Soundbite | MUSIC: Soundbite | Indy Week

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Doing for South Philly what Springsteen did for the Jersey shore (Greetings ... /Wild and Innocent ... ), Marah's second album is an ode to their hometown. But the scruffy, roots rock four-piece, led by brothers David and Serge Bielanko (oozing working-class hero credibility) don't romanticize the city of brotherly love. Rather, the city is in their pores, from the album's string band/Mummer parade instrumentation (banjos and xylophones) to the litany of street names, neighborhoods and famous Philly-ites Bielanko name-checks. It's a stream-of-consciousness, writing-on-a-bar-napkin urban tableau populated by bums, waitresses makin' chump change ("Well, waitress, your tips are heads or tails") and sludgy city rivers that only give up their secrets (bodies, stolen cars, old Christmas trees) when their brown waters overflow.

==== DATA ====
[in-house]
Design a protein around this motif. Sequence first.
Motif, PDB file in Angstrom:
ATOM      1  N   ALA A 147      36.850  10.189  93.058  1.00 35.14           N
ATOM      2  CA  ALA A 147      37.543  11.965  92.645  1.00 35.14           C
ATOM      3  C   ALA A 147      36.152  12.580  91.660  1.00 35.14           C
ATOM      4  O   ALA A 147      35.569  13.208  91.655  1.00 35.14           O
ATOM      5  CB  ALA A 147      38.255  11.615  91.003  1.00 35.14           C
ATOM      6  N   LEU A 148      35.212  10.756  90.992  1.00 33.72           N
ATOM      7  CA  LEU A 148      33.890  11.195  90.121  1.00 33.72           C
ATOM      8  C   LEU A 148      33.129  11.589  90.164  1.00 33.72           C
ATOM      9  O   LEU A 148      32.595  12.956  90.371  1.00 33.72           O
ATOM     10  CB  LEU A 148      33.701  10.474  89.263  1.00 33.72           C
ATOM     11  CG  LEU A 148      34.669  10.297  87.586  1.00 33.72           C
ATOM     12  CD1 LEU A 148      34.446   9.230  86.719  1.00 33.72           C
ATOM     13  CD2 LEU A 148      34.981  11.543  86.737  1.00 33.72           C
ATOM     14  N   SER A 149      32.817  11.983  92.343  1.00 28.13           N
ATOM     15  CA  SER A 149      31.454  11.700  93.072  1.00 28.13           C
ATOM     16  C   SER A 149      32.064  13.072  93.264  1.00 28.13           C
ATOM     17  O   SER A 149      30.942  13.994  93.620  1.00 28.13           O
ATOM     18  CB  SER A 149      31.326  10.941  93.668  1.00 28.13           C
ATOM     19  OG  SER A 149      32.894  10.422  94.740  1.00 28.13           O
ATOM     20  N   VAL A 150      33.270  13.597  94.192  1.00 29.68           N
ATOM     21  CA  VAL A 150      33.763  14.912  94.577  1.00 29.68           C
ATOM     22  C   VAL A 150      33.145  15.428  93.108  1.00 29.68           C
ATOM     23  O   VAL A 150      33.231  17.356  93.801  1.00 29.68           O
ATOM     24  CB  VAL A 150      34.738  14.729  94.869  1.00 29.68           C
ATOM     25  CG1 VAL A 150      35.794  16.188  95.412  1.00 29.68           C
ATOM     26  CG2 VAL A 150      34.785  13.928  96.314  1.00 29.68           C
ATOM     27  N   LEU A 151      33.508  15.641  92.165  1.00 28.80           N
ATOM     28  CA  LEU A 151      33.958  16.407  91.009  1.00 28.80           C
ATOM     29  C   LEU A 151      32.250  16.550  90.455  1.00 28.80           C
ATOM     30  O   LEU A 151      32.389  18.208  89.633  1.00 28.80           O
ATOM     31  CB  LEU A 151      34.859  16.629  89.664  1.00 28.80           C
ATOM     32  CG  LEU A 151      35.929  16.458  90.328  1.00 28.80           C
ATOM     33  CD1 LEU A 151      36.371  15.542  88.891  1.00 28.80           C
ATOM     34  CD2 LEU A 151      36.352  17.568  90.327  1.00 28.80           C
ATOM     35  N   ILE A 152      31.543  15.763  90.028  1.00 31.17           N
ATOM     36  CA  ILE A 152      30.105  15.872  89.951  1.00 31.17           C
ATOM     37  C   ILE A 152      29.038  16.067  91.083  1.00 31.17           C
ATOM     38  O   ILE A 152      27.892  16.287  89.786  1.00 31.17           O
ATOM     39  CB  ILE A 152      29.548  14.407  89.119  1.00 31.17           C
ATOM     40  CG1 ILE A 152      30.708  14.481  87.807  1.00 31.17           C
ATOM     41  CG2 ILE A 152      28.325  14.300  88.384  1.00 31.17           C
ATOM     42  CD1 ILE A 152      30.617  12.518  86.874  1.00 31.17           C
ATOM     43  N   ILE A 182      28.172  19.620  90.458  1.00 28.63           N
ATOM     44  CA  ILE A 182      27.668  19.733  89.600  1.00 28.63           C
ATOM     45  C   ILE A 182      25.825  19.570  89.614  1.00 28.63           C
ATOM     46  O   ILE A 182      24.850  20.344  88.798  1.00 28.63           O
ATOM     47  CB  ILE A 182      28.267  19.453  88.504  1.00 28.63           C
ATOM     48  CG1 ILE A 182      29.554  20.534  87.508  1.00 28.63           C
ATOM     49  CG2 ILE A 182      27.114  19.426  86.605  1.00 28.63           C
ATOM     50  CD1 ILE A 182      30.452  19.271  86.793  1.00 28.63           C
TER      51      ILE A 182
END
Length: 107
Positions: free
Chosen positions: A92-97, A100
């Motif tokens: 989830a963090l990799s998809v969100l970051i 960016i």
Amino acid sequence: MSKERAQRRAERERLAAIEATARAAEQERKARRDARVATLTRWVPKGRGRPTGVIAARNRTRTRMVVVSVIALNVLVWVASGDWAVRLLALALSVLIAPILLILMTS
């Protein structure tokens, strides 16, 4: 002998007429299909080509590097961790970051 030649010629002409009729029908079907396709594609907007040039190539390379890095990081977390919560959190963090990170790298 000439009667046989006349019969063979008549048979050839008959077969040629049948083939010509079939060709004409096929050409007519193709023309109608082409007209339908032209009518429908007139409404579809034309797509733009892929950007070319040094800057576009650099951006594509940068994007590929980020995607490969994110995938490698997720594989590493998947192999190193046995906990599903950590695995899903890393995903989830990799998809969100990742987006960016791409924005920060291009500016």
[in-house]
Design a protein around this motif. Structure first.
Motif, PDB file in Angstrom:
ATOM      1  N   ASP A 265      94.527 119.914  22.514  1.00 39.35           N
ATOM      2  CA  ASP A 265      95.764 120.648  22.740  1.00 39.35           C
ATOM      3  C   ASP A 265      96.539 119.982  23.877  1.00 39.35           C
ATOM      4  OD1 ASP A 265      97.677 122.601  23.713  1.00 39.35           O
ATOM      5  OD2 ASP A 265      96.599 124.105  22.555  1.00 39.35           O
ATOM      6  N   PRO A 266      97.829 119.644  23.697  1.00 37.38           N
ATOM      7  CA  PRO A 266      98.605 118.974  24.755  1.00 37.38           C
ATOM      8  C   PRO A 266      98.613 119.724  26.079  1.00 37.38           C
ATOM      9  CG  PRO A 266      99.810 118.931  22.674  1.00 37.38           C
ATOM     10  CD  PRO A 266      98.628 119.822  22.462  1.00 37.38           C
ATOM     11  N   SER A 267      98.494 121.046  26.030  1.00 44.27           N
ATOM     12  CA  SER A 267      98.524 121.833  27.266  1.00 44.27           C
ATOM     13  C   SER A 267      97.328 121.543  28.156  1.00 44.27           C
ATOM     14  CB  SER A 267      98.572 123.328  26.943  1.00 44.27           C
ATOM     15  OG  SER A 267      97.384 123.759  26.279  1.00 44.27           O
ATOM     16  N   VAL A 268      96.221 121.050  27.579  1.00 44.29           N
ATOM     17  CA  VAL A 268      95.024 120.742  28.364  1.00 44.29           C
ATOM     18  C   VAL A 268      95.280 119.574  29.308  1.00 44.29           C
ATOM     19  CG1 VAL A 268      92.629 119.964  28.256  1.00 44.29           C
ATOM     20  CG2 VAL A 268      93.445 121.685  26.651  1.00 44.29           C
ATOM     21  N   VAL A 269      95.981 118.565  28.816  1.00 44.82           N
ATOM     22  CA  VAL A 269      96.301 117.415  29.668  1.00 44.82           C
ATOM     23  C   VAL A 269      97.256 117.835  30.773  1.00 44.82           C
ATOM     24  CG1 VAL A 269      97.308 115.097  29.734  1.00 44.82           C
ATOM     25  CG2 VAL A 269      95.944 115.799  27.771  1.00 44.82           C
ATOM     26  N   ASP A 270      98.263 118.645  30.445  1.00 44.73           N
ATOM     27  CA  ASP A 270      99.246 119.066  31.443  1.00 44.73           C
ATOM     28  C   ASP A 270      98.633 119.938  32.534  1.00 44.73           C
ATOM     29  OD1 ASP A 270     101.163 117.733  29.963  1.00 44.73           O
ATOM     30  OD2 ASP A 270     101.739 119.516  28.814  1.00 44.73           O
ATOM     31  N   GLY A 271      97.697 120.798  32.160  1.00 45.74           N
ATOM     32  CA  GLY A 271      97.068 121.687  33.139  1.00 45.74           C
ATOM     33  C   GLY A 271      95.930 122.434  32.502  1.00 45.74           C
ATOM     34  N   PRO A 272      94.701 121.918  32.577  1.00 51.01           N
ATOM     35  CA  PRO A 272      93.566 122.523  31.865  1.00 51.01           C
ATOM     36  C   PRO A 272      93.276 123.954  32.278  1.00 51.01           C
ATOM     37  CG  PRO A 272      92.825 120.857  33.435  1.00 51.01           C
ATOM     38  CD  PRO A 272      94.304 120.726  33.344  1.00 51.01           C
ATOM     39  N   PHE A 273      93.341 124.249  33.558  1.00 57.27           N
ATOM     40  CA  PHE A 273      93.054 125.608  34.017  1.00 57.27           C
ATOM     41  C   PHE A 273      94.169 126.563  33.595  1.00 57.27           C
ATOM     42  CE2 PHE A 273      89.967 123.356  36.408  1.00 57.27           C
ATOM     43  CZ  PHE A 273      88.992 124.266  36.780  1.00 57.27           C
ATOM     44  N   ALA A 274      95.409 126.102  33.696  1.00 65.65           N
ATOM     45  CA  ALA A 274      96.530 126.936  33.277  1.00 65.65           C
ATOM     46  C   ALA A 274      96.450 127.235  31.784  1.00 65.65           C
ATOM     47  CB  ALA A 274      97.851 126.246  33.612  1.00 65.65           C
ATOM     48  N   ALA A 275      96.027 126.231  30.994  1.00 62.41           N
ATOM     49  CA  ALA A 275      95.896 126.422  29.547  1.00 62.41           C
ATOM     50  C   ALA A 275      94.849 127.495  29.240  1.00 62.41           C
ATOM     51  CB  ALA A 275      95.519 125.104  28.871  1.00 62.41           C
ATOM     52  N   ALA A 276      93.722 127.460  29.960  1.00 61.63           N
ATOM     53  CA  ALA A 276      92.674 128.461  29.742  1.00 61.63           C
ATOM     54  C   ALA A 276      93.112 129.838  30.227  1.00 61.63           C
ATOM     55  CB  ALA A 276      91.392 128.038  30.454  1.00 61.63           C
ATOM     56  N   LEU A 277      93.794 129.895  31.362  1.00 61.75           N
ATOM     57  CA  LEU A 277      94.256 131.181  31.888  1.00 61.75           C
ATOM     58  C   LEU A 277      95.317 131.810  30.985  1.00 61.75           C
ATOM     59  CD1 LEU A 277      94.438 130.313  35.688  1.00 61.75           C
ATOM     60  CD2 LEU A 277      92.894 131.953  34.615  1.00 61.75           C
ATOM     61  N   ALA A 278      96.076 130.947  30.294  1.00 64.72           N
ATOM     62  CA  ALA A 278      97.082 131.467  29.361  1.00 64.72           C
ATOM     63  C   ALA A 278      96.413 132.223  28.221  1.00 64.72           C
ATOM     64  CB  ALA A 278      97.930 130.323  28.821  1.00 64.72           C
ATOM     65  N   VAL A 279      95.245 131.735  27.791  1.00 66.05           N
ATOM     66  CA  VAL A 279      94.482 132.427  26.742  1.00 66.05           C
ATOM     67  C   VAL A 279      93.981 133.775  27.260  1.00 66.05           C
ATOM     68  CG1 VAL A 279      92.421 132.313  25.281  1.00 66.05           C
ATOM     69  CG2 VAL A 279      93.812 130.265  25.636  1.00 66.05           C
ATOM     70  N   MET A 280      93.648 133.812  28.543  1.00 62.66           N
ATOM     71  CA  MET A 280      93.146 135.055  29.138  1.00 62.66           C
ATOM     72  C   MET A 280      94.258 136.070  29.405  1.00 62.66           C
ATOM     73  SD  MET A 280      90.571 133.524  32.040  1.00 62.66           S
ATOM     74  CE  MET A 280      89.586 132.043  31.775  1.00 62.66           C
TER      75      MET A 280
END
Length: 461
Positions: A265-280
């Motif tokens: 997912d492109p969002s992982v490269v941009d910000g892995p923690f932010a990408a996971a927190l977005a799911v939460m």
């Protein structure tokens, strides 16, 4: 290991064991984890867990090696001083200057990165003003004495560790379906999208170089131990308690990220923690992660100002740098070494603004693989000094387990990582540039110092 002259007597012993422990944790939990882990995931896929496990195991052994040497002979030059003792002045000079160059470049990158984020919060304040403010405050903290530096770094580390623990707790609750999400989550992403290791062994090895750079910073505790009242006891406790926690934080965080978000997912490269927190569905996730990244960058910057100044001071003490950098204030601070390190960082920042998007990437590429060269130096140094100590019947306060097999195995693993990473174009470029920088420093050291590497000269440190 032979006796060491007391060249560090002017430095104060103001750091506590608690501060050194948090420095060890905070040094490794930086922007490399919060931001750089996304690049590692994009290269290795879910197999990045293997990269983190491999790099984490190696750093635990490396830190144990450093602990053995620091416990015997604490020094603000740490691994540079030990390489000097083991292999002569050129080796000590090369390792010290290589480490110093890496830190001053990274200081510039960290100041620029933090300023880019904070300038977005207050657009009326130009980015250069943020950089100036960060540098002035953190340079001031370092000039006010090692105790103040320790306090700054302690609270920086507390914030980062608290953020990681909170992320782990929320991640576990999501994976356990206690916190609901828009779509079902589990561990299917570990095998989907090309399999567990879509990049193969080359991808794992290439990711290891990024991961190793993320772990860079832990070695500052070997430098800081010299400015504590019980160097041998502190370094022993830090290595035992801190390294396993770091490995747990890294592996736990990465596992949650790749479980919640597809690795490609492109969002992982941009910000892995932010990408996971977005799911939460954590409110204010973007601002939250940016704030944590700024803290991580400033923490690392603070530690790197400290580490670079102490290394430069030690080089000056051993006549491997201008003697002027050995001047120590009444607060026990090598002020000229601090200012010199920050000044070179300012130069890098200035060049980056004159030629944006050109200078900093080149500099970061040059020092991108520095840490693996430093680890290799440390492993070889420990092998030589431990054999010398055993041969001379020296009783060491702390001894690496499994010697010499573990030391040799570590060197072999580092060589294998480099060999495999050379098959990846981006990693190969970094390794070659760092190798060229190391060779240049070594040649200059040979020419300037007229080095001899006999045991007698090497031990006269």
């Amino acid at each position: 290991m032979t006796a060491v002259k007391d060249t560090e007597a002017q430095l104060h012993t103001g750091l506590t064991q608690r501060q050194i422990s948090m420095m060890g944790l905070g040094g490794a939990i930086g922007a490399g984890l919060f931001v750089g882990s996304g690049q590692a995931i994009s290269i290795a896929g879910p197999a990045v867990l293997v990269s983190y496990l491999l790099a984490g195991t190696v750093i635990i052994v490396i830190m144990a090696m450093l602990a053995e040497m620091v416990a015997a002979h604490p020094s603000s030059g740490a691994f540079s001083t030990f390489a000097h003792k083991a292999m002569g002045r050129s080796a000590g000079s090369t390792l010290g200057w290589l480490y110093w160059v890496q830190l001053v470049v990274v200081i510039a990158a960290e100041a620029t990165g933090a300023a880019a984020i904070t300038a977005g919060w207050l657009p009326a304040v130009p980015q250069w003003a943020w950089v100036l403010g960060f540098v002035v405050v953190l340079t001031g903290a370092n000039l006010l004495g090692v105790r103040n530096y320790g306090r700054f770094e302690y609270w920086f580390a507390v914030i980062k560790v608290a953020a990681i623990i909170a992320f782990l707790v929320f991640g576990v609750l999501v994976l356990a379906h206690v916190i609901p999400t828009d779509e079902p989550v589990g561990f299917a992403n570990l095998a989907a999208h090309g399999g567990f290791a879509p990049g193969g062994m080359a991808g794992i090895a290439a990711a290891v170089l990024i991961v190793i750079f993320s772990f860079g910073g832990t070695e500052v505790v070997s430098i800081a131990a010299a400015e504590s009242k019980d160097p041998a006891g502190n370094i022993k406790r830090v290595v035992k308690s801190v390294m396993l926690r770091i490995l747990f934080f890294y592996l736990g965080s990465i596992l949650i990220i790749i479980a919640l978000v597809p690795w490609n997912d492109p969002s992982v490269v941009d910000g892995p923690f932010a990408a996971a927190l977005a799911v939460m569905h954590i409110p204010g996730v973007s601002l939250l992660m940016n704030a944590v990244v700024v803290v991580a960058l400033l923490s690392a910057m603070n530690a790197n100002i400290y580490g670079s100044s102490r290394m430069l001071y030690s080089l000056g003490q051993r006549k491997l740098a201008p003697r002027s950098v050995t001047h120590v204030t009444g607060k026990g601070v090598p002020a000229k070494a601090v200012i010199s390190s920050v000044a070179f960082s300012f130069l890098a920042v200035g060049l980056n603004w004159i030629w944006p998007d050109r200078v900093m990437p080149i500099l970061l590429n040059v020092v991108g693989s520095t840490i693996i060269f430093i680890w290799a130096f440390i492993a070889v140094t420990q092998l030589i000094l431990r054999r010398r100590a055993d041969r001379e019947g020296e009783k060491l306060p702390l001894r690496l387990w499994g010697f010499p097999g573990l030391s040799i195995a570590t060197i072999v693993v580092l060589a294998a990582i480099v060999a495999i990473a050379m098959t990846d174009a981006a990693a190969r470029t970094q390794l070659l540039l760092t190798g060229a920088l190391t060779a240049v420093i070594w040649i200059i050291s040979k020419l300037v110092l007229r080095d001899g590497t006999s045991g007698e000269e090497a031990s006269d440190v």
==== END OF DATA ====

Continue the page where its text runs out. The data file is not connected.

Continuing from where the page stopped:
Marah got legendary hepcat Philly DJ Hy Lit to intro "Christian Street" (celebrating the ethnic diversity of that 'hood) ); there's also a Philly soul-style horn section on the chorus. But the tearjerker is "My Heart is the Bums on the Street," where the dumped narrator walks the city, passing street people and empty schoolyards: "My heart is a newspaper blowin' down the street when it's snowin' and no one's around." The song ends with the realization that "every inch of the city reminds me of you."

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